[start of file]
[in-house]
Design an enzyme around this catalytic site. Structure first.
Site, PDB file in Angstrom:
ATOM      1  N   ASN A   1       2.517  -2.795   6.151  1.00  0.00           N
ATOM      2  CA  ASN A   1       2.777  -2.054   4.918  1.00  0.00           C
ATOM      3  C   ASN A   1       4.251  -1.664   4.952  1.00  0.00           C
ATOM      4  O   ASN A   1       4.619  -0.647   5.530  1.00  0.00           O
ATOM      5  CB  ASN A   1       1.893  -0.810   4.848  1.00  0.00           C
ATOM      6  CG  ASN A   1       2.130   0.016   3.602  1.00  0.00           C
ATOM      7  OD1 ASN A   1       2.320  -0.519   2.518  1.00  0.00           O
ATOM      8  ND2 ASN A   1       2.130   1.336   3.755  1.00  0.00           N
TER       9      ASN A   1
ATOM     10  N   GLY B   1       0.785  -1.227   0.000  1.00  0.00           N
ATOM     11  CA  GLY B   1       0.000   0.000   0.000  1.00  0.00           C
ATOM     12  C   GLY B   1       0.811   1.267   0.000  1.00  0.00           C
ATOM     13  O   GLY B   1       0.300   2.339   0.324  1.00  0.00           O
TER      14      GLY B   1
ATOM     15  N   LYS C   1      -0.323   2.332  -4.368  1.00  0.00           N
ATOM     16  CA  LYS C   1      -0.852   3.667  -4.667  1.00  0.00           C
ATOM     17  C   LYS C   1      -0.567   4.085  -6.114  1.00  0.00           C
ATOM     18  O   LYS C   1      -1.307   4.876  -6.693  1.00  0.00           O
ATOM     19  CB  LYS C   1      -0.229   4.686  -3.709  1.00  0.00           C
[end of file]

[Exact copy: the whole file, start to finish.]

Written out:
[in-house]
Design an enzyme around this catalytic site. Structure first.
Site, PDB file in Angstrom:
ATOM      1  N   ASN A   1       2.517  -2.795   6.151  1.00  0.00           N
ATOM      2  CA  ASN A   1       2.777  -2.054   4.918  1.00  0.00           C
ATOM      3  C   ASN A   1       4.251  -1.664   4.952  1.00  0.00           C
ATOM      4  O   ASN A   1       4.619  -0.647   5.530  1.00  0.00           O
ATOM      5  CB  ASN A   1       1.893  -0.810   4.848  1.00  0.00           C
ATOM      6  CG  ASN A   1       2.130   0.016   3.602  1.00  0.00           C
ATOM      7  OD1 ASN A   1       2.320  -0.519   2.518  1.00  0.00           O
ATOM      8  ND2 ASN A   1       2.130   1.336   3.755  1.00  0.00           N
TER       9      ASN A   1
ATOM     10  N   GLY B   1       0.785  -1.227   0.000  1.00  0.00           N
ATOM     11  CA  GLY B   1       0.000   0.000   0.000  1.00  0.00           C
ATOM     12  C   GLY B   1       0.811   1.267   0.000  1.00  0.00           C
ATOM     13  O   GLY B   1       0.300   2.339   0.324  1.00  0.00           O
TER      14      GLY B   1
ATOM     15  N   LYS C   1      -0.323   2.332  -4.368  1.00  0.00           N
ATOM     16  CA  LYS C   1      -0.852   3.667  -4.667  1.00  0.00           C
ATOM     17  C   LYS C   1      -0.567   4.085  -6.114  1.00  0.00           C
ATOM     18  O   LYS C   1      -1.307   4.876  -6.693  1.00  0.00           O
ATOM     19  CB  LYS C   1      -0.229   4.686  -3.709  1.00  0.00           C